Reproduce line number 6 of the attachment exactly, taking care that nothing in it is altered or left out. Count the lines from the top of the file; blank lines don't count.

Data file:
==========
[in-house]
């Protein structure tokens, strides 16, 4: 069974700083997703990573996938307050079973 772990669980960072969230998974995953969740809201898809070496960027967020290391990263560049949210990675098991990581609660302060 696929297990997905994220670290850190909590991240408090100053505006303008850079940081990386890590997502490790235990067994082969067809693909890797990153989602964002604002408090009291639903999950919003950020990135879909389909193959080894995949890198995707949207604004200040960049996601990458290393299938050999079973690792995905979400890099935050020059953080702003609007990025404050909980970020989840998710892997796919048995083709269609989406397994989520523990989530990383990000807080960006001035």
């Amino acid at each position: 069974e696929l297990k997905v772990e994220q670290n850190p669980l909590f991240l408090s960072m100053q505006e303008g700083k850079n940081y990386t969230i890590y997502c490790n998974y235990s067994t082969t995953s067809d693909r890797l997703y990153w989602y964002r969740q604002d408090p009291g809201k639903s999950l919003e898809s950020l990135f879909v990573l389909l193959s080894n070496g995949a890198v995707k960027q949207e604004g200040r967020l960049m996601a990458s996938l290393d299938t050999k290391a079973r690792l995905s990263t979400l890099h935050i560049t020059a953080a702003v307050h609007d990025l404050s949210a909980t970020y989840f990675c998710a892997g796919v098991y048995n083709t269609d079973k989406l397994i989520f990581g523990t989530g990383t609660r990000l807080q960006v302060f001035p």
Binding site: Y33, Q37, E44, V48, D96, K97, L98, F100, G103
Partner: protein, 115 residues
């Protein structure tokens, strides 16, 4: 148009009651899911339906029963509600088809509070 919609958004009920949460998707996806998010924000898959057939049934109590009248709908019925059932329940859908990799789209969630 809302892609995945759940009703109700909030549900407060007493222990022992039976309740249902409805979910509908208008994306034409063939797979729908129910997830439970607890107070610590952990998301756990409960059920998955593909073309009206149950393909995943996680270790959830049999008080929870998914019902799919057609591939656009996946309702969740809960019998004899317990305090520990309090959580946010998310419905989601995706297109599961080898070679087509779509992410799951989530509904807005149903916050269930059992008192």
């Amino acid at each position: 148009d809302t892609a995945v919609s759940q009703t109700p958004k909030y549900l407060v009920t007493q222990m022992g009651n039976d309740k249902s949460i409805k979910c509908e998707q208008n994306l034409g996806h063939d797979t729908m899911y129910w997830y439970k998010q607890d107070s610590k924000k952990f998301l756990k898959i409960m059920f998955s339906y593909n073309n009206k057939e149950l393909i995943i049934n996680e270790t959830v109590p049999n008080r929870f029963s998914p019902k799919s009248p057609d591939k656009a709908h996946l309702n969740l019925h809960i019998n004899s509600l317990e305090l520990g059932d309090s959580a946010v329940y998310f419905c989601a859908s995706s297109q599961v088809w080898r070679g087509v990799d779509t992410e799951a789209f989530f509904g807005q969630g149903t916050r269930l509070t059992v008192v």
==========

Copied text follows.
């Protein structure tokens, strides 16, 4: 148009009651899911339906029963509600088809509070 919609958004009920949460998707996806998010924000898959057939049934109590009248709908019925059932329940859908990799789209969630 809302892609995945759940009703109700909030549900407060007493222990022992039976309740249902409805979910509908208008994306034409063939797979729908129910997830439970607890107070610590952990998301756990409960059920998955593909073309009206149950393909995943996680270790959830049999008080929870998914019902799919057609591939656009996946309702969740809960019998004899317990305090520990309090959580946010998310419905989601995706297109599961080898070679087509779509992410799951989530509904807005149903916050269930059992008192």